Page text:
On Earth we are also protected from cosmic rays (which are high energy radiation) by the Earth’s magnetic field which is caused by the spinning molten iron core setting up convection currents in a geodynamo process.

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I am exploring magnetism and its powers. To be drawn to some powerful source. To fall into a black hole. I am trying ideas of a portal that offers transformation. This is also about returning to Allenheads, being drawn back. A black hole transforms matter, a wormhole deals with exotic matter.

 

Theoretically, to pass through a wormhole you need negative energy.

‘Negative energy is a concept used in physics to explain the nature of certain fields, including the gravitational field and various quantum field effects. In more speculative theories, negative energy is involved in wormholes which may allow for time travel and warp drives for faster-than-light space travel.’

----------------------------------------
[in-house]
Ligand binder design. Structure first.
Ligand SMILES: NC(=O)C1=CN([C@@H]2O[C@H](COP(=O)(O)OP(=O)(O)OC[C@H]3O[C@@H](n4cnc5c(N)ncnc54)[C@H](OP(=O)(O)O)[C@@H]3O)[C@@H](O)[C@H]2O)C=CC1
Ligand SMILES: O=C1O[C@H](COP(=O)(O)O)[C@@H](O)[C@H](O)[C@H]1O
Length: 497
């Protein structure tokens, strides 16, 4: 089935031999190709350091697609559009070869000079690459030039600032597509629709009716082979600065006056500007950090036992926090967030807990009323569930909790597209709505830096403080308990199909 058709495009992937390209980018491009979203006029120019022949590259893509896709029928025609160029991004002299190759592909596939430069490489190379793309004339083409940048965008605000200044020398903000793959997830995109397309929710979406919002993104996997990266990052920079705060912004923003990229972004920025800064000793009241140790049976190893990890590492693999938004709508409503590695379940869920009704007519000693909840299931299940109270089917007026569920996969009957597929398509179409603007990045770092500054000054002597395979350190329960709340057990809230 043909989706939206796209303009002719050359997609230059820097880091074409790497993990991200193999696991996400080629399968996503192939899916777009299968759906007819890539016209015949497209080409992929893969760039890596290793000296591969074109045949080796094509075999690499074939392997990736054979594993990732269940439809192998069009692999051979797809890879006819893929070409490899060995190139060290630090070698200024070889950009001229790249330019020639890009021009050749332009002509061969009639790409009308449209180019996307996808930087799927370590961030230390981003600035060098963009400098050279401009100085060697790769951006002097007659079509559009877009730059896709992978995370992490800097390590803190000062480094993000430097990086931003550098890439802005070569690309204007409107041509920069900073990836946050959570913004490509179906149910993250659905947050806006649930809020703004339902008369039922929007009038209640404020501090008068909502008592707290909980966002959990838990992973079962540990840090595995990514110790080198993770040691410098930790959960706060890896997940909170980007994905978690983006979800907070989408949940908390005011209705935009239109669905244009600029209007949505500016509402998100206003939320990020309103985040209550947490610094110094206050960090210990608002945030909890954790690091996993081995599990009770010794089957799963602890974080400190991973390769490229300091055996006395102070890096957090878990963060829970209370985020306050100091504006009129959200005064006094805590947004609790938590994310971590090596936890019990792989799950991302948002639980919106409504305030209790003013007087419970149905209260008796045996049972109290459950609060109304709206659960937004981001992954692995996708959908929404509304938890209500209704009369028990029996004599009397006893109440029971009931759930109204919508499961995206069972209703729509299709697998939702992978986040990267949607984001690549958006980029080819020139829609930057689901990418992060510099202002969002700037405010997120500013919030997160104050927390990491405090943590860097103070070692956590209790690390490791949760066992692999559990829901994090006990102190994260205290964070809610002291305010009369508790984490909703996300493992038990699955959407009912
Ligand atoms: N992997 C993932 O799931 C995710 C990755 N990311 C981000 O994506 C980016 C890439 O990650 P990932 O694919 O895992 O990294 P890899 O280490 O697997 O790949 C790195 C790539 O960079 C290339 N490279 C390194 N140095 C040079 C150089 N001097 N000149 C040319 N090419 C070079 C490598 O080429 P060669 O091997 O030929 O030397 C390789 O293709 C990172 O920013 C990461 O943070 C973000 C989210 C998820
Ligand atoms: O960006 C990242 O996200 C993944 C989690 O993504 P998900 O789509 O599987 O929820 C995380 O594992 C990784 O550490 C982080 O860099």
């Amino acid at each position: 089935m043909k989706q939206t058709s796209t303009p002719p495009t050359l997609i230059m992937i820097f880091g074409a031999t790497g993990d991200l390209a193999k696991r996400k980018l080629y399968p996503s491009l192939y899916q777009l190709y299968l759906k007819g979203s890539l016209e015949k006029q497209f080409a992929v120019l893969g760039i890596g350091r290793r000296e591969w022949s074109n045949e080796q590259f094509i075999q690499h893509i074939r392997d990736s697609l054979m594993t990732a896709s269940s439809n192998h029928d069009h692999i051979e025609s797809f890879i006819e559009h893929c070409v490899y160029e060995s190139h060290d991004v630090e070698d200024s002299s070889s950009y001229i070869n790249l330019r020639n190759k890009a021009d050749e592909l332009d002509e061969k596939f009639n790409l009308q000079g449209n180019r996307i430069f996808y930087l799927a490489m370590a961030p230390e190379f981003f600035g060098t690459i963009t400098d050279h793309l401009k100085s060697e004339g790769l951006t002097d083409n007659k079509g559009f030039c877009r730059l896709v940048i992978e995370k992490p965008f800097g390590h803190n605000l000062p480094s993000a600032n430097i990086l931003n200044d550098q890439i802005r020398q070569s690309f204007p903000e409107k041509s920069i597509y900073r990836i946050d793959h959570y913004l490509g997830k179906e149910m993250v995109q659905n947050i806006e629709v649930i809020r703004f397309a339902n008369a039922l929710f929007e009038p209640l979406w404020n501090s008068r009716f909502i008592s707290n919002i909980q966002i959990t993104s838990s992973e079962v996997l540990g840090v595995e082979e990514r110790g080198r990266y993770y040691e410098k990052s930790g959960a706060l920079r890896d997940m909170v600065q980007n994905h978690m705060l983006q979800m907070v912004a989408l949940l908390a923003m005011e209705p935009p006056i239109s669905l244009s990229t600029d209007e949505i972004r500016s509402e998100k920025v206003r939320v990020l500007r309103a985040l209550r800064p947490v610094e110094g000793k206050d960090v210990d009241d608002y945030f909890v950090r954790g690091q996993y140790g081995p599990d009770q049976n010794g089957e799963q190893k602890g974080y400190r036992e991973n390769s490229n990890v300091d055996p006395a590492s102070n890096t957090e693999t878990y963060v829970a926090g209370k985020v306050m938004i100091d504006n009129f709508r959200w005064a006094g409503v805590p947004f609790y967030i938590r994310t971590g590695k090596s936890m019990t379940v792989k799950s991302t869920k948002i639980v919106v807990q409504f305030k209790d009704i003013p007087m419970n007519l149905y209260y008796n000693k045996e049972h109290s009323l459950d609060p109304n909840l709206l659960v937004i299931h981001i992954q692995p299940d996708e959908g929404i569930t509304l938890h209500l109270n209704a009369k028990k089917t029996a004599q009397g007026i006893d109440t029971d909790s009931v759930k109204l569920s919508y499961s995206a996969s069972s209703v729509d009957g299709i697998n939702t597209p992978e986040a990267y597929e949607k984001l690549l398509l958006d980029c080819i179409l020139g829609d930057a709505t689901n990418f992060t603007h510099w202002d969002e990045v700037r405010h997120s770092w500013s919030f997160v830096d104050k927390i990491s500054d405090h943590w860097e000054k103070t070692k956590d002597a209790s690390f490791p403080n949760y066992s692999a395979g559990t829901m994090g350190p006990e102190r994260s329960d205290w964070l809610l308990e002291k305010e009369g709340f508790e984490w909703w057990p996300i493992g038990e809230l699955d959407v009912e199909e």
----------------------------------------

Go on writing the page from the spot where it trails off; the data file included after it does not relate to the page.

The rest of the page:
So a portal that transports or transforms you (matter) could channel any ‘negative energy’ present and this could be dissipated by using black tourmaline which is supposed to clear negative energy. This could be the fuel to ignite the process.

I have a obtained a small two way mirror to test for the portal interface so the viewer can witness their own transformation.

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This could involve the vital fluids of Animal Magnetism or suggestion therapy of Mesmerism/ Hypnotism.

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Magnetoreception is the detection of a magnetic field by an organism. We have a protein (a crytochrome) in the human eye which could serve this function of navigation.